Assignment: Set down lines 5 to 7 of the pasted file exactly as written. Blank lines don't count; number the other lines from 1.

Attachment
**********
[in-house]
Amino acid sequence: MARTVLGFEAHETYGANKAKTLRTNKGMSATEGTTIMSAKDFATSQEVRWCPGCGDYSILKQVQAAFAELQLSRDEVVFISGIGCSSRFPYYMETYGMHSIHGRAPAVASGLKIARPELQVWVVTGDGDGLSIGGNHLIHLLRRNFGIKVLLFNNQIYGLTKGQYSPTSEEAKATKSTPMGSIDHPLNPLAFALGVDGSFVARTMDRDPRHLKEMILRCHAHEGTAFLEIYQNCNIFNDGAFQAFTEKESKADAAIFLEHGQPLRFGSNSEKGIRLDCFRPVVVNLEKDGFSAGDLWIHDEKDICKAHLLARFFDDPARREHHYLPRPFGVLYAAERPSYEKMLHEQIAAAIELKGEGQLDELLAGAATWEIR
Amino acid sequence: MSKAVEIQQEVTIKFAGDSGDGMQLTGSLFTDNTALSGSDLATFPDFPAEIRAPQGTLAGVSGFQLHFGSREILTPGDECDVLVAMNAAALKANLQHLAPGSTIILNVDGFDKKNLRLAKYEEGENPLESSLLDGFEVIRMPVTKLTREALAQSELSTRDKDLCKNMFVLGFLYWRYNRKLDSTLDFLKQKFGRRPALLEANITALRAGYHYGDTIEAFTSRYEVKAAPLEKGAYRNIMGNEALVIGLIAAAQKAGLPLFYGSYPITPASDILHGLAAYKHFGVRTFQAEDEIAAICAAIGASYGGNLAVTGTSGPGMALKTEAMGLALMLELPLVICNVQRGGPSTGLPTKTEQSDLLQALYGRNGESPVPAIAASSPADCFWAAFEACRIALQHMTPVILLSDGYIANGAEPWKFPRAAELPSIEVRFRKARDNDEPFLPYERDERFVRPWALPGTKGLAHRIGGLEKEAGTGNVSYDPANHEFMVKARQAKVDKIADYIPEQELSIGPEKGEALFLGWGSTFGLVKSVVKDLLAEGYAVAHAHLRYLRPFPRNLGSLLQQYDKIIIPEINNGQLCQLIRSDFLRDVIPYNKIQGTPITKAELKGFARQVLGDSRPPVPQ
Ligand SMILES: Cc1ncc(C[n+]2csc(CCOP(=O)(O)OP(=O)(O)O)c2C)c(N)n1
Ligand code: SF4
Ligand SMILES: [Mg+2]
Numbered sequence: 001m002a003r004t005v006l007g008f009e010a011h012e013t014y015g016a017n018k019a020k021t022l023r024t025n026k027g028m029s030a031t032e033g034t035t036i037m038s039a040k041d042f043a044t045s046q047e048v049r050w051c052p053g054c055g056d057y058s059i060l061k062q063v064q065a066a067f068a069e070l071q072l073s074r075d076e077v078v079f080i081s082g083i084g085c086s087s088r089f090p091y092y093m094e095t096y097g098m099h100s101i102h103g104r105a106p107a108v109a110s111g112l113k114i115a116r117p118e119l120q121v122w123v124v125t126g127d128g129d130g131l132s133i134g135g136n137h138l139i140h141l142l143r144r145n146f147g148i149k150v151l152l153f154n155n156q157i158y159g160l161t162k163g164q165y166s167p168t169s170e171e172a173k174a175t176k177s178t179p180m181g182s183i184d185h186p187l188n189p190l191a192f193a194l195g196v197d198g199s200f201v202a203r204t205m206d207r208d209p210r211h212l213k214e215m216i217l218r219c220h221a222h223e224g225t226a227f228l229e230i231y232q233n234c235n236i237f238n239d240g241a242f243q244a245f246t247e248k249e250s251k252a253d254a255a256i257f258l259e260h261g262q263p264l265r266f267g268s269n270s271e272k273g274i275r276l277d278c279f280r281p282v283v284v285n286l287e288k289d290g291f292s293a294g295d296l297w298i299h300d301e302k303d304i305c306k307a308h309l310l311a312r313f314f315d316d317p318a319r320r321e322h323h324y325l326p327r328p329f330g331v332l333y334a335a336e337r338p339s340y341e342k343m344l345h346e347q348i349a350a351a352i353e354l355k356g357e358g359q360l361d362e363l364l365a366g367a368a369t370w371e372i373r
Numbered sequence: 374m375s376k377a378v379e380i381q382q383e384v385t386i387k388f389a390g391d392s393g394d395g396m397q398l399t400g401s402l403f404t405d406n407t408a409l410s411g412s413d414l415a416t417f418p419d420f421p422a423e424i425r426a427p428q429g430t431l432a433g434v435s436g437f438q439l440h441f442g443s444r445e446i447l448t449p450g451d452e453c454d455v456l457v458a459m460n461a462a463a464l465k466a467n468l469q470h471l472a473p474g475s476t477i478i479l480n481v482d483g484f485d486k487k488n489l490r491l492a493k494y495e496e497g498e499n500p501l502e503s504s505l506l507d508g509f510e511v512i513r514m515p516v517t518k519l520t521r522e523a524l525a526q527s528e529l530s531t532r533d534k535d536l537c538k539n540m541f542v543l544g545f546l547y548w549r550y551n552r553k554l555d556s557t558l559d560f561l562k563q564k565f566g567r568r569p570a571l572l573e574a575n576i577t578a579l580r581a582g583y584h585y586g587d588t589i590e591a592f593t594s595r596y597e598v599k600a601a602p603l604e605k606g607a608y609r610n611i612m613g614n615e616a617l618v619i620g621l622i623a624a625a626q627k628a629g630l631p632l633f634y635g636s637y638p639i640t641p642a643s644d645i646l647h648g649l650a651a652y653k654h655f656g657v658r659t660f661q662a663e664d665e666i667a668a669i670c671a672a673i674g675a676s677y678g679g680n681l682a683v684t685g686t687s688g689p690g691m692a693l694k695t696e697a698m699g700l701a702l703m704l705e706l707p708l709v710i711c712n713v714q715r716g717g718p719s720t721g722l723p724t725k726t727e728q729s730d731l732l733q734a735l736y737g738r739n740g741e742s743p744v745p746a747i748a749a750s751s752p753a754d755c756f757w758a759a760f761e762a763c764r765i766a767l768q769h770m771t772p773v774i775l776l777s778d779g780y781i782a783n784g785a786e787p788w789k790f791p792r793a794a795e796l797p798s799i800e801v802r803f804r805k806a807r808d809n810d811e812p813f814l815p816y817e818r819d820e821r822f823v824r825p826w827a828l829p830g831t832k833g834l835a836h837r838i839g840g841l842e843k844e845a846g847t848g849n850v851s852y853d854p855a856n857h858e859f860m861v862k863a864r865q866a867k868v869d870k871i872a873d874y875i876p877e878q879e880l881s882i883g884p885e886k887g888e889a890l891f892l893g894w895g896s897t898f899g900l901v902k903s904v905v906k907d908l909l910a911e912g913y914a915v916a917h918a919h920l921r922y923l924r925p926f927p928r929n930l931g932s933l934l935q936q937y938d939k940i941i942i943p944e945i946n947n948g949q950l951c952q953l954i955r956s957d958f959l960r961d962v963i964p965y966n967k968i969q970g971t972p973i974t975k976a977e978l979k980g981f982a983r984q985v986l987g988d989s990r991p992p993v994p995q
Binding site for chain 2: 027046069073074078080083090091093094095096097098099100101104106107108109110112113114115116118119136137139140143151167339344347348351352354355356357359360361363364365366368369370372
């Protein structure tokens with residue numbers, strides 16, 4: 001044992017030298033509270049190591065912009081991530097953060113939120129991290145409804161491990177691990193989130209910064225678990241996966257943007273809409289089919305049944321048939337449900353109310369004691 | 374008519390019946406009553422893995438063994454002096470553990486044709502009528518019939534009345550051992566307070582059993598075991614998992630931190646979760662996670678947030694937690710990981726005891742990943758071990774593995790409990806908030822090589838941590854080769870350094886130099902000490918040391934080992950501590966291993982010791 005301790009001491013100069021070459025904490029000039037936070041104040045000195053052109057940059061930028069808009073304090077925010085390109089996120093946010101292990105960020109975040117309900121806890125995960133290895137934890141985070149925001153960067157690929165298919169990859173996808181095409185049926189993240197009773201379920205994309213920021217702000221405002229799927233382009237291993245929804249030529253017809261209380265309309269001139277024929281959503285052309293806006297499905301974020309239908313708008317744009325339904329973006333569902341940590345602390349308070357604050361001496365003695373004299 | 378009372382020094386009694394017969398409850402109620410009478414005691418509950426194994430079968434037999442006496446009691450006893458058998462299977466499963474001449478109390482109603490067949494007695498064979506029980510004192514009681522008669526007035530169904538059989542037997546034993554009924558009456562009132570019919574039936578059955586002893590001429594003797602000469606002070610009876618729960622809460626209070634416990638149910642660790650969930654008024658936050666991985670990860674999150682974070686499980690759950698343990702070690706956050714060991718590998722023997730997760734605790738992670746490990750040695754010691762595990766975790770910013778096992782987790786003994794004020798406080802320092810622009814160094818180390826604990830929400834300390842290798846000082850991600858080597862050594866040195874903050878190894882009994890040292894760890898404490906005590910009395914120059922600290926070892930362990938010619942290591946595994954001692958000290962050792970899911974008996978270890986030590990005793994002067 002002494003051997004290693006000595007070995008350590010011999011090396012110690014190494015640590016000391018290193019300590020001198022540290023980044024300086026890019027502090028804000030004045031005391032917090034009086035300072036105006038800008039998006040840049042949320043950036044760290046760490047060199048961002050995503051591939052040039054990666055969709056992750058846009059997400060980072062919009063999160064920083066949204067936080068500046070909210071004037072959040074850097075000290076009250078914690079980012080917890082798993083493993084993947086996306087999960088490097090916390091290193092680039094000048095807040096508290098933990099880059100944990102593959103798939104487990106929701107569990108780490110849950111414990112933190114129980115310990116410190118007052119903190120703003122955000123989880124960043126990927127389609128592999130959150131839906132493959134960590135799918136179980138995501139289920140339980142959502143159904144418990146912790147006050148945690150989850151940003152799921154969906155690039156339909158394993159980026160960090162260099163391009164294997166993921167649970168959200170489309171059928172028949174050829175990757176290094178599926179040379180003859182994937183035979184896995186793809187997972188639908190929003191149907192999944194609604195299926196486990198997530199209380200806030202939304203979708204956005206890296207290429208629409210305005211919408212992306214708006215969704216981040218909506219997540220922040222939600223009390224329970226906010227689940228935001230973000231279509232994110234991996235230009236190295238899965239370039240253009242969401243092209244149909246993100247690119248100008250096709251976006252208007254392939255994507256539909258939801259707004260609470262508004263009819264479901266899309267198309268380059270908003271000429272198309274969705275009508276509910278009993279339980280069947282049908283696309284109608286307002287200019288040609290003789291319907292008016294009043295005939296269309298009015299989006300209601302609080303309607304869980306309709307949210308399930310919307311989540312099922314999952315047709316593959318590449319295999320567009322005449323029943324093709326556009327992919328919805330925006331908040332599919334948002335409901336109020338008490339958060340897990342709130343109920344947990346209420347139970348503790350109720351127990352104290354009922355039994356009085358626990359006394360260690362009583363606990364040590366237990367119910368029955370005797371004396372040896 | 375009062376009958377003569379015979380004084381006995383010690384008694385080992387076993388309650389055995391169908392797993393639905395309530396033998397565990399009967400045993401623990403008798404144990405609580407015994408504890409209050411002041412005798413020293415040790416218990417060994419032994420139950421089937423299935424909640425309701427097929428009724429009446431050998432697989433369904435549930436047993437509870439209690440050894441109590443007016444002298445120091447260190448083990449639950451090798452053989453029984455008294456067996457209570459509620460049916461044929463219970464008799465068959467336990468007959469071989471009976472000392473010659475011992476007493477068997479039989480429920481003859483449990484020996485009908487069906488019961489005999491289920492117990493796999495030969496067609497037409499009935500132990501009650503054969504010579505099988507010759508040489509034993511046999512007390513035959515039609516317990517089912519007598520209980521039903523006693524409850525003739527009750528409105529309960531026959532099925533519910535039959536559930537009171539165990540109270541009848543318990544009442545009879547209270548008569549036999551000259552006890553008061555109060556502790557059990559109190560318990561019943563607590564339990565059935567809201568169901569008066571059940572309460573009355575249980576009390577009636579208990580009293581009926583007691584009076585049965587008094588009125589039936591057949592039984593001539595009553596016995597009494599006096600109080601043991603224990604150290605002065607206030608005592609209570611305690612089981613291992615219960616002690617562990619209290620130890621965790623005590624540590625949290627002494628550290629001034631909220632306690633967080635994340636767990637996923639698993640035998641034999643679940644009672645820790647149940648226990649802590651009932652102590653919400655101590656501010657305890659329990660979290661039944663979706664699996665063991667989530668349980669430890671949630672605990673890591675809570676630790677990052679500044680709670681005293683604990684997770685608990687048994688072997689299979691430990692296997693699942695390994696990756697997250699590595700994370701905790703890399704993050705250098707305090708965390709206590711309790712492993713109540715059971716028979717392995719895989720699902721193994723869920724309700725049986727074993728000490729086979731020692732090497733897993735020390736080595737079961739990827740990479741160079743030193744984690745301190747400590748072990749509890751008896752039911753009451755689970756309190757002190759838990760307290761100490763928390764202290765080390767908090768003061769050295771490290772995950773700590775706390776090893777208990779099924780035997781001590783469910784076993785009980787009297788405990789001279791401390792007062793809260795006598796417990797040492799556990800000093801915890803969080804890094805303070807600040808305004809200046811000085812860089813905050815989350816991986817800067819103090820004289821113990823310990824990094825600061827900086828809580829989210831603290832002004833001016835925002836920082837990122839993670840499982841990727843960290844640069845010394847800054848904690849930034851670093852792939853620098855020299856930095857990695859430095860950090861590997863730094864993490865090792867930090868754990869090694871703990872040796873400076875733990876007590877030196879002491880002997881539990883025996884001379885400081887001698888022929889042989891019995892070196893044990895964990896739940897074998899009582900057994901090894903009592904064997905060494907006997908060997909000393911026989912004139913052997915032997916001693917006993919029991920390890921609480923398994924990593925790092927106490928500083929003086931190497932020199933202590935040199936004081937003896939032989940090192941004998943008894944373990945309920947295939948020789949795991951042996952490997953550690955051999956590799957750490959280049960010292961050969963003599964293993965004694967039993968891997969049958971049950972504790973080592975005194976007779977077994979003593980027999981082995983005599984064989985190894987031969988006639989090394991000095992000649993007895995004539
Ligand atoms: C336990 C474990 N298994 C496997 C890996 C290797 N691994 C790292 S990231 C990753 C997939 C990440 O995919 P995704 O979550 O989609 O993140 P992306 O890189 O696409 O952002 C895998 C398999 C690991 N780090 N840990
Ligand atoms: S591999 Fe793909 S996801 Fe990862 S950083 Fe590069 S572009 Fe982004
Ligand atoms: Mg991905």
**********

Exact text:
Ligand code: SF4
Ligand SMILES: [Mg+2]
Numbered sequence: 001m002a003r004t005v006l007g008f009e010a011h012e013t014y015g016a017n018k019a020k021t022l023r024t025n026k027g028m029s030a031t032e033g034t035t036i037m038s039a040k041d042f043a044t045s046q047e048v049r050w051c052p053g054c055g056d057y058s059i060l061k062q063v064q065a066a067f068a069e070l071q072l073s074r075d076e077v078v079f080i081s082g083i084g085c086s087s088r089f090p091y092y093m094e095t096y097g098m099h100s101i102h103g104r105a106p107a108v109a110s111g112l113k114i115a116r117p118e119l120q121v122w123v124v125t126g127d128g129d130g131l132s133i134g135g136n137h138l139i140h141l142l143r144r145n146f147g148i149k150v151l152l153f154n155n156q157i158y159g160l161t162k163g164q165y166s167p168t169s170e171e172a173k174a175t176k177s178t179p180m181g182s183i184d185h186p187l188n189p190l191a192f193a194l195g196v197d198g199s200f201v202a203r204t205m206d207r208d209p210r211h212l213k214e215m216i217l218r219c220h221a222h223e224g225t226a227f228l229e230i231y232q233n234c235n236i237f238n239d240g241a242f243q244a245f246t247e248k249e250s251k252a253d254a255a256i257f258l259e260h261g262q263p264l265r266f267g268s269n270s271e272k273g274i275r276l277d278c279f280r281p282v283v284v285n286l287e288k289d290g291f292s293a294g295d296l297w298i299h300d301e302k303d304i305c306k307a308h309l310l311a312r313f314f315d316d317p318a319r320r321e322h323h324y325l326p327r328p329f330g331v332l333y334a335a336e337r338p339s340y341e342k343m344l345h346e347q348i349a350a351a352i353e354l355k356g357e358g359q360l361d362e363l364l365a366g367a368a369t370w371e372i373r